1.8 litre (manual transmission)

City: 7.8 L/100 km

Highway: 6.2 L/100 km

2.4 litre (manual transmission)

City: 9.6 L/100 km

Highway: 7.1 L/100 km

As expected, the One-Eight is the economy winner. That’s a fine mill – for a Corolla. I’ve driven both, and the 1.8 in a Matrix/Vibe seems a tad on the pokey side, especially with an automatic shift. My reasoning for springing for the 2.4 is to have that extra jolt of power when you need it. The 2.4-litre is rated at 158 horsepower @ 6000 r.p.m., however the 2.4 delivers 162 foot-pounds of it, at 4000 r.p.m. which is 400 r.p.m. lower than the 1.8-litre.

What exactly is a Matrix? It’s a Corolla wagon: slightly heavier, but also bent on more utilitarian duties than its sedan cousin. When you’re loaded down with friends, mountain bikes, and maybe a mountain, you’ll thank me. What needs to be understood is that the Transport Canada EnerGuide ratings for any vehicle are assuming some pretty optimal conditions to achieve the numbers posted, like obeying the highway speed limit. Those numbers also assume that your vehicle is in top operating condition, and that you don’t wait for tire pressure warning systems to tell you your Yokohama’s are low.

Getting a 2.4 in a Matrix means starting at the XR level, while the Vibe SE trim has two ways to get torqued.

Vibe SE MSRP: $18,995 (Automatic transmission: $20,220)
2.4-litre option: $750

Having the 2.4-litre in the Vibe SE also allows the ability to consider the five-speed automatic transmission, with manual shift mode. The price is $1485.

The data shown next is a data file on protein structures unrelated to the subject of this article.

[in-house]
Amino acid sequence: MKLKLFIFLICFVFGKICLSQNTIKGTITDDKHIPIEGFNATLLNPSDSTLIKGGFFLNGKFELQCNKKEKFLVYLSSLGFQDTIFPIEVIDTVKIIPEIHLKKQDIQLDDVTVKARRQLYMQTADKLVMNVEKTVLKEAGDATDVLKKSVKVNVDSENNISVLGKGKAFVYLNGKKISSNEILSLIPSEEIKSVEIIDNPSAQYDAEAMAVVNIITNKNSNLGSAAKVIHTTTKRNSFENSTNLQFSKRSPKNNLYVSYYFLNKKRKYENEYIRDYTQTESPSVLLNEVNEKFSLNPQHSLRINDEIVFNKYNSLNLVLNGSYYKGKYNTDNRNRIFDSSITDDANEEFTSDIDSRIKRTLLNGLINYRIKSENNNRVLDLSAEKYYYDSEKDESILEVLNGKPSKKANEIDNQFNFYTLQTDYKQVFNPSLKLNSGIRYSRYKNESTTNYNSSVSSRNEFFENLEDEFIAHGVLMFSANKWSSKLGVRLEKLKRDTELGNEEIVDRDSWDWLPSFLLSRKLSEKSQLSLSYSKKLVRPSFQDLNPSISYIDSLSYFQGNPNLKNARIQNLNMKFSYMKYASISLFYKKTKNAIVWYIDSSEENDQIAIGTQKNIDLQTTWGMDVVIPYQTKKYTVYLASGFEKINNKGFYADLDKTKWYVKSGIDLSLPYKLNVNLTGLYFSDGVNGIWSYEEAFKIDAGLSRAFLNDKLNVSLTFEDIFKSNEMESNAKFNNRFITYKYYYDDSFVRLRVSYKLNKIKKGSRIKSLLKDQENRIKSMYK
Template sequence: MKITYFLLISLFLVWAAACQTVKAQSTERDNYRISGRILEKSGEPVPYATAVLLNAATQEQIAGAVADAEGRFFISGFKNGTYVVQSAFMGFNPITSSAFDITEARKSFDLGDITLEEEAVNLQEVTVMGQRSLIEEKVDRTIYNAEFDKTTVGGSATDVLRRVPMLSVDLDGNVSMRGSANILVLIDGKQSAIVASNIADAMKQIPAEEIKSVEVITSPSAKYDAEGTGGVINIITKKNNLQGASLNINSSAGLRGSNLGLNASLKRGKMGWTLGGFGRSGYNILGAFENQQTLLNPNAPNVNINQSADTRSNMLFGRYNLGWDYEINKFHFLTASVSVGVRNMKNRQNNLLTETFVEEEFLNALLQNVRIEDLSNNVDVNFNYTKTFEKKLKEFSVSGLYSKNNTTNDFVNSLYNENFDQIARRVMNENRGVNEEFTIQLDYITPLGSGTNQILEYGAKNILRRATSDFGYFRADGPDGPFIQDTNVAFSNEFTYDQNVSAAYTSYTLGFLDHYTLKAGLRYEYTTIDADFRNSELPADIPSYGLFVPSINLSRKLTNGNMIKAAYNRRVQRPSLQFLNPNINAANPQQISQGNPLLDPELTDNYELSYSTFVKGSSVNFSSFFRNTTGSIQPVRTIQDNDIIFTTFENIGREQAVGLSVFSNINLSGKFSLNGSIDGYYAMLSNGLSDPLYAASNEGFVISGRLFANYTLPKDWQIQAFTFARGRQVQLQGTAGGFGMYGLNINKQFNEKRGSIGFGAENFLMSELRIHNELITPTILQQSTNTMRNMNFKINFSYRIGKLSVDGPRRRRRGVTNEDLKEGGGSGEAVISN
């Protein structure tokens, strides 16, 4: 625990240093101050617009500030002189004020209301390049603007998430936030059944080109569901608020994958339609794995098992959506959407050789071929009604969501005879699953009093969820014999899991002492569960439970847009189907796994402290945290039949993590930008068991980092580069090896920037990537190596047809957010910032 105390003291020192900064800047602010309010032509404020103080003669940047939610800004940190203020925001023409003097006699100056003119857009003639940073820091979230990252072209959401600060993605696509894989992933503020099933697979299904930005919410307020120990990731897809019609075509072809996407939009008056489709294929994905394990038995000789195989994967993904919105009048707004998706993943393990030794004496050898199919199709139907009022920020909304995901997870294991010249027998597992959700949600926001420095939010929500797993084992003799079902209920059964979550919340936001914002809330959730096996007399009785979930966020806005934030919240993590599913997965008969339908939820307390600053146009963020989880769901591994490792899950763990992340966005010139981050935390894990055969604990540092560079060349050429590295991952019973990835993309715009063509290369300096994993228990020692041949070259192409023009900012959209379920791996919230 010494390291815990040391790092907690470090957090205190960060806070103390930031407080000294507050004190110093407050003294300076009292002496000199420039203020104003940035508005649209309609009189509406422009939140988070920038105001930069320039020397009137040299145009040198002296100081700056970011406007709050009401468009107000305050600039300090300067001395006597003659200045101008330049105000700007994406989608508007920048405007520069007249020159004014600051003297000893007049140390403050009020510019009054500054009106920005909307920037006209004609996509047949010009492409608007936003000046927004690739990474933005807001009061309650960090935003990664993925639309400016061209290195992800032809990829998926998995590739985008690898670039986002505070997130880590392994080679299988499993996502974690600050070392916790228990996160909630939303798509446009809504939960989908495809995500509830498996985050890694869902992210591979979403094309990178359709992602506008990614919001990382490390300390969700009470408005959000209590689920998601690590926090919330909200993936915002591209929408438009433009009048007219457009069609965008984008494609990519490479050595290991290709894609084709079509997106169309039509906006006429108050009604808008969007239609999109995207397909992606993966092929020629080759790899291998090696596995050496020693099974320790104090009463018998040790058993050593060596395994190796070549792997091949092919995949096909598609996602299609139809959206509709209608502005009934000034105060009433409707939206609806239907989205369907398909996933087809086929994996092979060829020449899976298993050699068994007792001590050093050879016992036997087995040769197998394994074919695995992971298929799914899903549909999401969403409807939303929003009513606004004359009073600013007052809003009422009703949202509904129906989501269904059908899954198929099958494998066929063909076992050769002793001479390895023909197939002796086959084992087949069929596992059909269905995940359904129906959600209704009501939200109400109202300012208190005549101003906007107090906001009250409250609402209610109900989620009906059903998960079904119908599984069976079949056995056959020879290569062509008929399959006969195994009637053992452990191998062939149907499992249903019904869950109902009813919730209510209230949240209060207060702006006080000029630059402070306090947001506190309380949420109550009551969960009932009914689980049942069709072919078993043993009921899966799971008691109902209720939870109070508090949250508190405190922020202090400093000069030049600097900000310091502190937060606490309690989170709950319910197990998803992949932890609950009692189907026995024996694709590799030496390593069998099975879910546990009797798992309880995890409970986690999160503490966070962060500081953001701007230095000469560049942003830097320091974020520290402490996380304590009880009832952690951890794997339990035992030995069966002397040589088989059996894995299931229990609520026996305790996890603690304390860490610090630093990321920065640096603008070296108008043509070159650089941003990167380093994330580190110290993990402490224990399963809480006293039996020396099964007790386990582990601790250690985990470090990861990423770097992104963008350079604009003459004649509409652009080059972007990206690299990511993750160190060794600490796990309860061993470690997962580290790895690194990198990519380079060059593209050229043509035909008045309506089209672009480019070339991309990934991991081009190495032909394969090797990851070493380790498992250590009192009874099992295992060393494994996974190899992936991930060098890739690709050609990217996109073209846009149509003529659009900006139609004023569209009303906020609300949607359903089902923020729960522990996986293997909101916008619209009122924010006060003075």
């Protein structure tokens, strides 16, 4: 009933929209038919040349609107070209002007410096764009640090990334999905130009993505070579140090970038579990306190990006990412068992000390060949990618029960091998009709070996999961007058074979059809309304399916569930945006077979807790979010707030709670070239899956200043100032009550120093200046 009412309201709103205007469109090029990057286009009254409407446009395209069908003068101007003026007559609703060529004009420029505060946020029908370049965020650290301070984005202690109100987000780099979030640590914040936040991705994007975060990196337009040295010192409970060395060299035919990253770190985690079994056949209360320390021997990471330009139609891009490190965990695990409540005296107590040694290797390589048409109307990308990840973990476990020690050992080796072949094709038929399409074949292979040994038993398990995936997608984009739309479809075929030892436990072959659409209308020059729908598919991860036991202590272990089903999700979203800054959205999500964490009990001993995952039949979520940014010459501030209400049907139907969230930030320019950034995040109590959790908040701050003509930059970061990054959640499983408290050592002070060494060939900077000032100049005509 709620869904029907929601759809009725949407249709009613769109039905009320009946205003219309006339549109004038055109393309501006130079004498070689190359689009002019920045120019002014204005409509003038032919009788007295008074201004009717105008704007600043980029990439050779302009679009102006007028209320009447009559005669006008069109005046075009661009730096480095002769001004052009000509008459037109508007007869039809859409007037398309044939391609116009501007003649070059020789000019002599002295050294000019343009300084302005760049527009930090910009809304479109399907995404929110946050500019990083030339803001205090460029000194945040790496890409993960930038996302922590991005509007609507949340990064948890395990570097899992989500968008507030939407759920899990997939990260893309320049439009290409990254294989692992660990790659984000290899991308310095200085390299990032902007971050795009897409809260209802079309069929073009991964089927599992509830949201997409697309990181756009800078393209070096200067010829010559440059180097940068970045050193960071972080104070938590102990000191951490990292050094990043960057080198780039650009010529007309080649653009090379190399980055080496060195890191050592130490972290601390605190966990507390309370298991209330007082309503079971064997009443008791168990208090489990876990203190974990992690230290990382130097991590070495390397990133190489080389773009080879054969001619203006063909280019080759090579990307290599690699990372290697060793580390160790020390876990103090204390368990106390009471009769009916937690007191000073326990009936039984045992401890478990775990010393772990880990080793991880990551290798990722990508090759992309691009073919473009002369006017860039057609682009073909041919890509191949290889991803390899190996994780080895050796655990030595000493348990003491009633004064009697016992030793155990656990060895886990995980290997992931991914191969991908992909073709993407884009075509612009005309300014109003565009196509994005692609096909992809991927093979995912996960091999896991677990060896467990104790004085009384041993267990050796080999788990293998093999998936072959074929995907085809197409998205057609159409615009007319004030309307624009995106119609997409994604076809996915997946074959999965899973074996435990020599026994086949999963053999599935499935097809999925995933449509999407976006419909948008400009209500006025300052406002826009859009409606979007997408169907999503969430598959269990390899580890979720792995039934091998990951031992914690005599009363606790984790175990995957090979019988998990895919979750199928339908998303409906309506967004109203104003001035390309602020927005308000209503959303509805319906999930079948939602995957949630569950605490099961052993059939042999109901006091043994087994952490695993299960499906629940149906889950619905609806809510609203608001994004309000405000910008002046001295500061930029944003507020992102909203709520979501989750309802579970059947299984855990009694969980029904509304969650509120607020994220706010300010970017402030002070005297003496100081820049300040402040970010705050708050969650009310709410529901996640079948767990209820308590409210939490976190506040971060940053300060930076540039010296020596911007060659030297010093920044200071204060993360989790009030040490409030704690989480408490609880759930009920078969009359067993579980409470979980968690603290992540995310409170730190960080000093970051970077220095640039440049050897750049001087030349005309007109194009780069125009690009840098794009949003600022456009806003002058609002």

Matrix XR MSRP: $19,450 (Automatic transmission: $21.005)

The XR is a potent contender for this category, especially when you notice that the Vibe SE with the optional 2.4-litre puts the MSRP for the manual at $19,745. At $21,230, the Vibe SE gets the five-speed automatic with manu-shift, crazy-close to the XR’s $21,005 MSRP for the only automatic available on it, which is the same five-speed auto/manu-shift.

What’s missing? Traction and stability control, which is still standard on the Vibe. It becomes optional on the Matrix XR, included as part of the XR ‘B’ Package, which has an MSRP of $21,460 for the manual, or $23,015 for the automatic. ‘B’ also means bling, as in 17-inch alloy wheels with locks, and a leather wheel with steering wheel-mounted audio tabs. The Vibe SE Driver’s Package, priced at an MSRP of $20,995, also adds the 17-inch alloy wheels. (Locks not included.)